From the birth roads of Anchay to the European elite, Ashfaque Zaman takes us back in time to the rise of the iconic Louis Vuitton luggage
For celebrities, it is always about being a little extra to demonstrate that you are of a status of your own. Certain brands have minted themselves as status markers for the elite; Chanel lined the hems of little black dresses, Sabyasachi’s has embroidered the lehengas of South Asian brides, and Christian Louboutin has made hearts red with his iconic soles.
Most stars choose the century-old iconic monogram to let you know that they’re stylish at every height. A young Monsieur Vuitton moved to Paris to pursue an apprenticeship in luggage craftsmanship during the 1830s and went on to open his own workshop. Unfortunately, the first canvas with the iconic LV monogram did not take flight until four years after his death in 1896.
During the 20th century, icons such as Audrey Hepburn and Coco Chanel swore by the brand when they were jet-setting; it had even made its way to royalty with the Duke and Duchess of Windsor. Nearly 150 years later, you will see haute icons such as Sarah Jessica Parker, Rihanna, Naomi Campbell and the Beckhams pushing a cart full of the embossed trunks. And in true famous fashion, these celebs personalise it with their own monogram.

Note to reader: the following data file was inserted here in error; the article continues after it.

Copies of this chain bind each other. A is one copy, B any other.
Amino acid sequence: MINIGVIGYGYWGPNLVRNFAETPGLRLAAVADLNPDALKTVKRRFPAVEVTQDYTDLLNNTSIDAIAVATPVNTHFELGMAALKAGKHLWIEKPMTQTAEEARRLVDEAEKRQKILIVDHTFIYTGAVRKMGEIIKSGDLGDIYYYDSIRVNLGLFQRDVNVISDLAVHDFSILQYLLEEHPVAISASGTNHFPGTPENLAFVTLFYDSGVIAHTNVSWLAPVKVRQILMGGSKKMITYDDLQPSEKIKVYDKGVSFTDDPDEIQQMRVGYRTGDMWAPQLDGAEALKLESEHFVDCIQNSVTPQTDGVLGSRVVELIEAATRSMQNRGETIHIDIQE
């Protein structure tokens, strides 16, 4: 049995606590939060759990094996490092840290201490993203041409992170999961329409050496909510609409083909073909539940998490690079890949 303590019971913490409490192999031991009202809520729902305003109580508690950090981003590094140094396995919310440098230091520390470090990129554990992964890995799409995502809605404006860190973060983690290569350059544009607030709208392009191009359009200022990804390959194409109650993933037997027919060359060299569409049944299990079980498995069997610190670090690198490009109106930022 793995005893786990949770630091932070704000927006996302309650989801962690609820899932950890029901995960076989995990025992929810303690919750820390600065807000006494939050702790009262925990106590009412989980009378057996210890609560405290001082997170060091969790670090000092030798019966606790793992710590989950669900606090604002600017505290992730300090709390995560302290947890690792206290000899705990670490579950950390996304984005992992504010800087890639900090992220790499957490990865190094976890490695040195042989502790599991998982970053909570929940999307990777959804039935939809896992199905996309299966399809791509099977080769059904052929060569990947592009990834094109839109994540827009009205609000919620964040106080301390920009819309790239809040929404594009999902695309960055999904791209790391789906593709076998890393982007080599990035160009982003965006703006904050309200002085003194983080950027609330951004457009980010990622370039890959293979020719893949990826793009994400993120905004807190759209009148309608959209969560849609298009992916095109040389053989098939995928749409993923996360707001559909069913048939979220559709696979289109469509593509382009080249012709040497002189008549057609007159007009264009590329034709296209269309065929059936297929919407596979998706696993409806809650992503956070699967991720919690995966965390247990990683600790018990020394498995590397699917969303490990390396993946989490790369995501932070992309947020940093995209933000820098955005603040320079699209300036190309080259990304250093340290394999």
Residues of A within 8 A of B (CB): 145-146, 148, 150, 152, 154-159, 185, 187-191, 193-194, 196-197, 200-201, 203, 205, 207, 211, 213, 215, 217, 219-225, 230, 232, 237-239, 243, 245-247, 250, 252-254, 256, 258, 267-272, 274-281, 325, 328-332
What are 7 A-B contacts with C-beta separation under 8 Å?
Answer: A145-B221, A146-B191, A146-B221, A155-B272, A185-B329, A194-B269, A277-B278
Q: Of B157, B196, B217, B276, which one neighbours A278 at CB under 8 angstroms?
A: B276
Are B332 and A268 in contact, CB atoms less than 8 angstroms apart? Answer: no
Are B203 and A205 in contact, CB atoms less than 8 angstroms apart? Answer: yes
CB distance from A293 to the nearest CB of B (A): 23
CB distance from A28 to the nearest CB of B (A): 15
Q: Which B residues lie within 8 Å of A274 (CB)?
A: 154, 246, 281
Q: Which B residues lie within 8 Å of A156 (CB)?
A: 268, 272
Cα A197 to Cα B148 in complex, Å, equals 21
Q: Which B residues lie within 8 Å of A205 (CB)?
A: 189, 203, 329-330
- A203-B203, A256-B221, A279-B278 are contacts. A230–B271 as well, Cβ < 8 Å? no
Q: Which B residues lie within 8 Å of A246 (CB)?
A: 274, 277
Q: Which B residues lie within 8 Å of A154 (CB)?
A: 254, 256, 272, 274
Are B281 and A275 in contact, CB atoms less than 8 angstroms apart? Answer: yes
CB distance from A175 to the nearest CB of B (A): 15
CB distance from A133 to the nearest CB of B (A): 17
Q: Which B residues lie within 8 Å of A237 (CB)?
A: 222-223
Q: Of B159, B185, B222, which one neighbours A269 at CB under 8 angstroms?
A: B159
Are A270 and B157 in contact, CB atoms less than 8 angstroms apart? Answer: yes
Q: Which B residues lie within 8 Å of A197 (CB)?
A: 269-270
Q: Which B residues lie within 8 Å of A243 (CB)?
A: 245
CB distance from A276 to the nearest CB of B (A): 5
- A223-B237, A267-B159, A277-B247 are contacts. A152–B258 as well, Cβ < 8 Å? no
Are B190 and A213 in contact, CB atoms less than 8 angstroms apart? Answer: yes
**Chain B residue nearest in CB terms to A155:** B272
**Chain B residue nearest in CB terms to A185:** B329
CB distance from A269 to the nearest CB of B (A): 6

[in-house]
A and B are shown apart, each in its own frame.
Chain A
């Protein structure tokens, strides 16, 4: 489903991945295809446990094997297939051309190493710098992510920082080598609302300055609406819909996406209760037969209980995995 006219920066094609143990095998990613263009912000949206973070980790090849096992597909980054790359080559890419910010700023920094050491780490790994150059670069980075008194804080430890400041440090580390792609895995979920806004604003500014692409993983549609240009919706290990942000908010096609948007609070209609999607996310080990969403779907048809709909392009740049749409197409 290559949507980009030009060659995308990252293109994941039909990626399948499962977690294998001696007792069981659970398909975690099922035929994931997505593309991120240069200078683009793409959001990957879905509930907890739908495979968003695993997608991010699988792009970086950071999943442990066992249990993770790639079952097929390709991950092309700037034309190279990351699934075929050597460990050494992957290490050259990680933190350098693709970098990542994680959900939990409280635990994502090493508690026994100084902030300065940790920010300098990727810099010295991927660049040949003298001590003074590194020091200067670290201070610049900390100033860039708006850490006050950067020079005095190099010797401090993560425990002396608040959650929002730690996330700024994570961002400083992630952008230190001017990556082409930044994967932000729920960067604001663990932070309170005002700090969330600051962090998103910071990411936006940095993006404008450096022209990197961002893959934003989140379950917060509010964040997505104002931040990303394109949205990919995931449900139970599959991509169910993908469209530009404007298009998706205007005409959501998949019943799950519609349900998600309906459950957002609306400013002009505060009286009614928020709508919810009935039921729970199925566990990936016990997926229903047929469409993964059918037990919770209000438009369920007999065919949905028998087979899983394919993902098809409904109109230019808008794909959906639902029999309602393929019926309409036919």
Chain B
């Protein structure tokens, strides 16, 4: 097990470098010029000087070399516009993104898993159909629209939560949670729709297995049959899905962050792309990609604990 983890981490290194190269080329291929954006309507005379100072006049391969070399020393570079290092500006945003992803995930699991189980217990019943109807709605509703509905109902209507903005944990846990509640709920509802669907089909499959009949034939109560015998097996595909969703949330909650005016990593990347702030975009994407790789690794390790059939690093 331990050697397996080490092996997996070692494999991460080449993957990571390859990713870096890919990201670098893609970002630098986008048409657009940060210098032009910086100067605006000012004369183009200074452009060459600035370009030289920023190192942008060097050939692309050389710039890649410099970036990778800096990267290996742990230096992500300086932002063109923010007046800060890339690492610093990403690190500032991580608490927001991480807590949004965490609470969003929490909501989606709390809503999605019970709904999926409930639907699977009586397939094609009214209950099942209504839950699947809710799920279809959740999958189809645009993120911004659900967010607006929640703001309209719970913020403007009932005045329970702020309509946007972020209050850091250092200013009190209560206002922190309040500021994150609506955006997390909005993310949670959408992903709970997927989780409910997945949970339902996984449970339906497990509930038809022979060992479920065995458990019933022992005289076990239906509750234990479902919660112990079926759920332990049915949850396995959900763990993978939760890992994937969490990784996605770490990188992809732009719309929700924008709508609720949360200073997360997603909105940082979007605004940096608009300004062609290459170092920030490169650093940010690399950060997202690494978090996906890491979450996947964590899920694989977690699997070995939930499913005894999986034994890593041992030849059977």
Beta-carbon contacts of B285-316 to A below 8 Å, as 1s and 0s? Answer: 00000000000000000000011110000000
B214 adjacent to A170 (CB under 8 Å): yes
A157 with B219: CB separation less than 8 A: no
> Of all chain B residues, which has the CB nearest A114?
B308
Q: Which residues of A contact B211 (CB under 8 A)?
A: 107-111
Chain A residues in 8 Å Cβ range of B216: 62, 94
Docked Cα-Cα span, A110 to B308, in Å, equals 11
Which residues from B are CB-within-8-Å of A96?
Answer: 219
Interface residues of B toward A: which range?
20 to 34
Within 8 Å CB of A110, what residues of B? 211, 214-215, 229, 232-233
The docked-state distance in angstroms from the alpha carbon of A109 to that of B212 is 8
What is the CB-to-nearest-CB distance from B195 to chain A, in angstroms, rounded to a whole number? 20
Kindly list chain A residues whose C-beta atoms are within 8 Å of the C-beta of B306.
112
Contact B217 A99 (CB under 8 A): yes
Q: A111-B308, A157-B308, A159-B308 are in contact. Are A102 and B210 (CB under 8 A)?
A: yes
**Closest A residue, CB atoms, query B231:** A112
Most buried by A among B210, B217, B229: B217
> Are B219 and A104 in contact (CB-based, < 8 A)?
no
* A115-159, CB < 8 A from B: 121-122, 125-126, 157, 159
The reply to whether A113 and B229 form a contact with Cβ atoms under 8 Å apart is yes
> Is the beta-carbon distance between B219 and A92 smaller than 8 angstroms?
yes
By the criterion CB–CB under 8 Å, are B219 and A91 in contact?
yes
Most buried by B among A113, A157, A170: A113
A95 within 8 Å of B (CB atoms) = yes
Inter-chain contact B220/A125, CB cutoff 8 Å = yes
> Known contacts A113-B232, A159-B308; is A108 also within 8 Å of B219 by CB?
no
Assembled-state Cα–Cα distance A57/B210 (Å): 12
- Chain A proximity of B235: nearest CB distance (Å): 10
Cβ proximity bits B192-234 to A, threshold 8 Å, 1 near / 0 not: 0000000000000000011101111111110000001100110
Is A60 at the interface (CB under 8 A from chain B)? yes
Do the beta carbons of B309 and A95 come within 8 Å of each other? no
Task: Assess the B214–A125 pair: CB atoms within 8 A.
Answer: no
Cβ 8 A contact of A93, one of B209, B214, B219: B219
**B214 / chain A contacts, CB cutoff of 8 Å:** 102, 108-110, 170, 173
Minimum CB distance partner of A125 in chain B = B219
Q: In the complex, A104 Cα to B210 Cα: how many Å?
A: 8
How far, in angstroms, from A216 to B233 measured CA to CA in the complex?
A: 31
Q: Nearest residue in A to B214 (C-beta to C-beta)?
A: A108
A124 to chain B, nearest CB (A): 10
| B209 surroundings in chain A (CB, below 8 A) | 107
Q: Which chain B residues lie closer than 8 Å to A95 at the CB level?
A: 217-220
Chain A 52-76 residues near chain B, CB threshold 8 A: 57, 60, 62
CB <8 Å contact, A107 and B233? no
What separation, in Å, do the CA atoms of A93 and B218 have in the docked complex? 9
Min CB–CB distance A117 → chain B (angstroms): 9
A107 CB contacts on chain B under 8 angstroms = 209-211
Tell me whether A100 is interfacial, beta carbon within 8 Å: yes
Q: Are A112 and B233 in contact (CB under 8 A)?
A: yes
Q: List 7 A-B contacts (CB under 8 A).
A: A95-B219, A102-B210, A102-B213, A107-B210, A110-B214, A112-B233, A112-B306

THE TRUNKMAKER’S TIMELINE
Louis Vuitton became the flight stamps of the elite at a time when flying was the ultimate luxury. What started as trunks eventually expanded its straps to bags and clutches. ICE Today marks the years of this iconic designer’s impact on the way we pack.
1835 : TO PARIS WITH LOVE
A teenage Louis decided to leave him and travel to Paris from his hometown, Anchay, to travel to Paris which was nearly 470 kilometres away. He travelled by foot and it took him about two years.
1837 : BOX ART- THE MAKINGS OF GENIUS
Finally making it to Paris, Louis would start an apprenticeship with Monsieur Maréchal, a successful trunk maker. It was considered an honourable undertaking and entailed creating luggage as well as packing them. However, he would start his own workshop 17 years later.
1851 : A ROYAL UNDERTAKING Napoleon’s takeover the French Empire would lead to a hallmark in Louis’ career. The statesman’s wife, Eugénie de Montijo, hired Louis to be her box-maker and packer. This expanded his trademark to royals and high class elites.
1854 : A YEAR OF ADDITIONS
Louis married Clémence- Emilie Parriaux and also opens his own box-making and packaging workshop (Louis Vuitton Malletier); it is located on Rue Neuves des Capucines.
1858 : THINKING OUTSIDE THE BOX
Louis invents a trunk that is made of canvas as opposed to traditional leather. The new canvas was waterproof and a lighter material. He had also changed the shape of the trunk from the typical dome-shape to a rectangular one. This made it convenient and stackable, making a huge commercial success.
1859 : MAKING WAY FOR MORE